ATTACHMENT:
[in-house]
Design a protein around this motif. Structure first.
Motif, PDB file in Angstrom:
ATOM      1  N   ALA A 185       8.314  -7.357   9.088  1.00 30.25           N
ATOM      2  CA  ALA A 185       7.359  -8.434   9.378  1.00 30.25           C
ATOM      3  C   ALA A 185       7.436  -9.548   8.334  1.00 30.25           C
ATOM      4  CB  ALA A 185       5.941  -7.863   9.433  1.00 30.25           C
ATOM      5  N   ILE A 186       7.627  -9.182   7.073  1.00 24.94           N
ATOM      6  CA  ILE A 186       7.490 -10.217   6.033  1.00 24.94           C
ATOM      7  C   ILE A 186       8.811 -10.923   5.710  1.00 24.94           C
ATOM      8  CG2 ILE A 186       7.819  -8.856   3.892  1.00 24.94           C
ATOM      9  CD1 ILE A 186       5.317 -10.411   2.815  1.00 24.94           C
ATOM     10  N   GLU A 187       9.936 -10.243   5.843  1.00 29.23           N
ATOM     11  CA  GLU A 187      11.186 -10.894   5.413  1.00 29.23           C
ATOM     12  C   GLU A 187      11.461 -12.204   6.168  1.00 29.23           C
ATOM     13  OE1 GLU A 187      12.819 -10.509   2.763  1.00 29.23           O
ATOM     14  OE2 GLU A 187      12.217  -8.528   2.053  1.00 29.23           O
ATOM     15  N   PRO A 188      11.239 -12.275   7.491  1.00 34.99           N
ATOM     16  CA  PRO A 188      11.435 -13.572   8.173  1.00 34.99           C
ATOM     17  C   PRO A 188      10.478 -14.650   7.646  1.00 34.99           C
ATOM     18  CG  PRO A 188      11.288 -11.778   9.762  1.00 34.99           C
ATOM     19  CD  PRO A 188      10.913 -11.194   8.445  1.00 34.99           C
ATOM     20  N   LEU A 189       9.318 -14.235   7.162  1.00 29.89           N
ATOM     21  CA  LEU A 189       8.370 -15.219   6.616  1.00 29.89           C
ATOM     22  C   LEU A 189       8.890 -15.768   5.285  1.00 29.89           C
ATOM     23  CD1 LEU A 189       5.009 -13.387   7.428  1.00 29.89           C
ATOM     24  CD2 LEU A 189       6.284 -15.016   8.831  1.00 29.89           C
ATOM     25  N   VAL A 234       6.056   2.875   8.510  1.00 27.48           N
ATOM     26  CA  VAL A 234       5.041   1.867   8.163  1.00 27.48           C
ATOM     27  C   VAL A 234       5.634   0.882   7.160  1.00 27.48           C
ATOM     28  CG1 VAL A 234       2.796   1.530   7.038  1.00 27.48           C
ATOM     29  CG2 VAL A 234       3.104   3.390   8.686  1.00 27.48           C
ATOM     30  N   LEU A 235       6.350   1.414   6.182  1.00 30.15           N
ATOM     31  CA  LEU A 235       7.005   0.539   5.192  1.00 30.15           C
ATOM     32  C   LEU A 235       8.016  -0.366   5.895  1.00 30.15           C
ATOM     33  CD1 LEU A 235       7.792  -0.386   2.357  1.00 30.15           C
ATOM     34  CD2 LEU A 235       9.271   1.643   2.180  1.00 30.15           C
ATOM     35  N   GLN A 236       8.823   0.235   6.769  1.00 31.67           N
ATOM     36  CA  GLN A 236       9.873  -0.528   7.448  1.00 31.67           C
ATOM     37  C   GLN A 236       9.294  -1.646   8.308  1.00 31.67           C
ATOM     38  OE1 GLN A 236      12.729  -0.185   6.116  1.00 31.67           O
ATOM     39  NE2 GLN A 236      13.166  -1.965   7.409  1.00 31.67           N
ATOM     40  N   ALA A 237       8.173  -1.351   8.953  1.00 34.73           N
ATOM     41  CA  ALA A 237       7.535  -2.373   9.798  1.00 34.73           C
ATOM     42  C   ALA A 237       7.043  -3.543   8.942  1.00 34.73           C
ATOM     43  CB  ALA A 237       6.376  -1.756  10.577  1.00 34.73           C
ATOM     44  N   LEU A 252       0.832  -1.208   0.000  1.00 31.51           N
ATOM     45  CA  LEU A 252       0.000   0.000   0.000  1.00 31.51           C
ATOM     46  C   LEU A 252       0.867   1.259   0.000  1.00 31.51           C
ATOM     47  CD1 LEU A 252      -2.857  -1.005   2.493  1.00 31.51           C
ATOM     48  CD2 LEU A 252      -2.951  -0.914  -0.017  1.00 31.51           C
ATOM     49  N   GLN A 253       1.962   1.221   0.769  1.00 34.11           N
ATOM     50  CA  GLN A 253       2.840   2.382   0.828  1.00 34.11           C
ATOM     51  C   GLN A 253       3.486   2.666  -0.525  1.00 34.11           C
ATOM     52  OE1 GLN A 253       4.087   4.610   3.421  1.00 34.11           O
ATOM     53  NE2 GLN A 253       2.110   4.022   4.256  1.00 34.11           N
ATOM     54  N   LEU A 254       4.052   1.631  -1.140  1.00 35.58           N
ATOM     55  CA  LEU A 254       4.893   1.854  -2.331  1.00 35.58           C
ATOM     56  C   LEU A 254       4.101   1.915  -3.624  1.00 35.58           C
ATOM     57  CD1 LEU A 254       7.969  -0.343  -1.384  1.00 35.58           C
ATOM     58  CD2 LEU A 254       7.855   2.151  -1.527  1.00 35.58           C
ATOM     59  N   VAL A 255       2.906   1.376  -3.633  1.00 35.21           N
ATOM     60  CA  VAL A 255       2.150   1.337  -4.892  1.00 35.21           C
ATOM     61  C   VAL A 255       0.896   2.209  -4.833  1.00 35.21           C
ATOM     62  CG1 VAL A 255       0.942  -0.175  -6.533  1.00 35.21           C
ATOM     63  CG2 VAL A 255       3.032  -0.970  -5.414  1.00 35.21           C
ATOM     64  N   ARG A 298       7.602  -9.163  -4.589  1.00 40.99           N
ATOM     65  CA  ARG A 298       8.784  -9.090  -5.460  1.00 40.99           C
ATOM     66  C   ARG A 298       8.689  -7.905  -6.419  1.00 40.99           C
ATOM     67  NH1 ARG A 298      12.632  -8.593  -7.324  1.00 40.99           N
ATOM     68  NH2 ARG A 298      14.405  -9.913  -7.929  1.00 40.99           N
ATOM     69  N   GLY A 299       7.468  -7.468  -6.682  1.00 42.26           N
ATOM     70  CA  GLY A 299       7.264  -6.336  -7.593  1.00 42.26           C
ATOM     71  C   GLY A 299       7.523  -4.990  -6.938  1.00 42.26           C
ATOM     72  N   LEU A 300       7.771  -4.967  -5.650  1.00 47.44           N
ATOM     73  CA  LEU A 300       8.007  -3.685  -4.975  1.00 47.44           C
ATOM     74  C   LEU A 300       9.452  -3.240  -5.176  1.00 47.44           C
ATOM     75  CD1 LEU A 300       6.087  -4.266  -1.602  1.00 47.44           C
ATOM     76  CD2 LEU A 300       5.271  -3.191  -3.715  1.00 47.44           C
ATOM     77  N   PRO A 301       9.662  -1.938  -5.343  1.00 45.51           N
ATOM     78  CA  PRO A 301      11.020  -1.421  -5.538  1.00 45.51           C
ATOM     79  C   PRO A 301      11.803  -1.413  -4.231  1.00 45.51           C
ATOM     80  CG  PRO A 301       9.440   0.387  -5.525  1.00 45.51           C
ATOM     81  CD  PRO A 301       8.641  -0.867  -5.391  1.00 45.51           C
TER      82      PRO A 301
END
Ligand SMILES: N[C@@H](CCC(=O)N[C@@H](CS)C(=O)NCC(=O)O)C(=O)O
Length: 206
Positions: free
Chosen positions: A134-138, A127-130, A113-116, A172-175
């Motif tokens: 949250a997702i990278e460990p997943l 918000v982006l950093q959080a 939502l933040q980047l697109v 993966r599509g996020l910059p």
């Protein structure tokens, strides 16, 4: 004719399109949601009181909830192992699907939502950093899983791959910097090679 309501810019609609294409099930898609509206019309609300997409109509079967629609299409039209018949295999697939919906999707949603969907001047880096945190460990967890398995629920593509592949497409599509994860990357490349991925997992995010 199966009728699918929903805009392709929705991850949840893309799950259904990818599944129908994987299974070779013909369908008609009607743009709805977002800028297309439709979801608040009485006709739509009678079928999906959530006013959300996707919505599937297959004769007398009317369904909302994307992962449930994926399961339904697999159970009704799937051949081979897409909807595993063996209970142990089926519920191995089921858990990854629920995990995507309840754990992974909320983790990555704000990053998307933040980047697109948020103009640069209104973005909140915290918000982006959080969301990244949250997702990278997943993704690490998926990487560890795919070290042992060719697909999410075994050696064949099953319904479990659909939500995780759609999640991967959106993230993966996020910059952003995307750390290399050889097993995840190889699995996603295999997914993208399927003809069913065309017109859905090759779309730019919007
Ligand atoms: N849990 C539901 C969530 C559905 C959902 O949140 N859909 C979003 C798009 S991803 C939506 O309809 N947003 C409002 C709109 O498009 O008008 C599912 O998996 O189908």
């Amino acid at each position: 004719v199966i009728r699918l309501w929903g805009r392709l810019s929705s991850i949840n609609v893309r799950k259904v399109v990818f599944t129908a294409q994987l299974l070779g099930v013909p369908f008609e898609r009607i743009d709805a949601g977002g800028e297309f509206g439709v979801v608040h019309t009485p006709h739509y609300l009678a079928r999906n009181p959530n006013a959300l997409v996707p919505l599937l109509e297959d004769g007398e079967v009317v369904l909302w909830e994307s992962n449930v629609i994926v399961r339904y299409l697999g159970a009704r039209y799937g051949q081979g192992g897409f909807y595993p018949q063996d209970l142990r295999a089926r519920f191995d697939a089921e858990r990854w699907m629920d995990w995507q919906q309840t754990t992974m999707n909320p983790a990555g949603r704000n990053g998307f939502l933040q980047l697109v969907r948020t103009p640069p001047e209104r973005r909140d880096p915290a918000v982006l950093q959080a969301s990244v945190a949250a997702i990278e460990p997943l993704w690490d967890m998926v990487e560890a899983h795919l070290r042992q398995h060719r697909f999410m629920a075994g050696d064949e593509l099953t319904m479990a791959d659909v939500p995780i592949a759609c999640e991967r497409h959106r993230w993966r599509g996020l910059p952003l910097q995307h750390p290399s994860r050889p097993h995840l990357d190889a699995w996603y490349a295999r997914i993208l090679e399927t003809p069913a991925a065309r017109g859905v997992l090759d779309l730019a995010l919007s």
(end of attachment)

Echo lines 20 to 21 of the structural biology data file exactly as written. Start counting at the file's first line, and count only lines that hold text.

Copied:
ATOM     17  C   PRO A 188      10.478 -14.650   7.646  1.00 34.99           C
ATOM     18  CG  PRO A 188      11.288 -11.778   9.762  1.00 34.99           C